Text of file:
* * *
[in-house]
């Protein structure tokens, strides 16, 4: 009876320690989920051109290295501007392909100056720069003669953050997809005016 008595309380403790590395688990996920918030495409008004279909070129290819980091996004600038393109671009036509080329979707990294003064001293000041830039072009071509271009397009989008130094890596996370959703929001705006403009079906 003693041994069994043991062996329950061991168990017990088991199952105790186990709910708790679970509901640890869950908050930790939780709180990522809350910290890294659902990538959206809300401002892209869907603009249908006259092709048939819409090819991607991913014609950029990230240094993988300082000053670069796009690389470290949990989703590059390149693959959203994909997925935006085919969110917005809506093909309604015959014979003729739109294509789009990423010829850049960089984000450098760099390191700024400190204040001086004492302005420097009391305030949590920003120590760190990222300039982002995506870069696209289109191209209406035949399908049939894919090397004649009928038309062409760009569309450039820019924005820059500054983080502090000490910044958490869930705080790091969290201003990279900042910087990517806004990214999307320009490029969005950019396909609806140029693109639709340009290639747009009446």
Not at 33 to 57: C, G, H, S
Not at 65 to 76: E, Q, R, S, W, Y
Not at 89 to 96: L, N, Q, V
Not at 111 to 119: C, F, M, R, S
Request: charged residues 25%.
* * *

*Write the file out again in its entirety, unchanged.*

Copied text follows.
[in-house]
């Protein structure tokens, strides 16, 4: 009876320690989920051109290295501007392909100056720069003669953050997809005016 008595309380403790590395688990996920918030495409008004279909070129290819980091996004600038393109671009036509080329979707990294003064001293000041830039072009071509271009397009989008130094890596996370959703929001705006403009079906 003693041994069994043991062996329950061991168990017990088991199952105790186990709910708790679970509901640890869950908050930790939780709180990522809350910290890294659902990538959206809300401002892209869907603009249908006259092709048939819409090819991607991913014609950029990230240094993988300082000053670069796009690389470290949990989703590059390149693959959203994909997925935006085919969110917005809506093909309604015959014979003729739109294509789009990423010829850049960089984000450098760099390191700024400190204040001086004492302005420097009391305030949590920003120590760190990222300039982002995506870069696209289109191209209406035949399908049939894919090397004649009928038309062409760009569309450039820019924005820059500054983080502090000490910044958490869930705080790091969290201003990279900042910087990517806004990214999307320009490029969005950019396909609806140029693109639709340009290639747009009446």
Not at 33 to 57: C, G, H, S
Not at 65 to 76: E, Q, R, S, W, Y
Not at 89 to 96: L, N, Q, V
Not at 111 to 119: C, F, M, R, S
Request: charged residues 25%.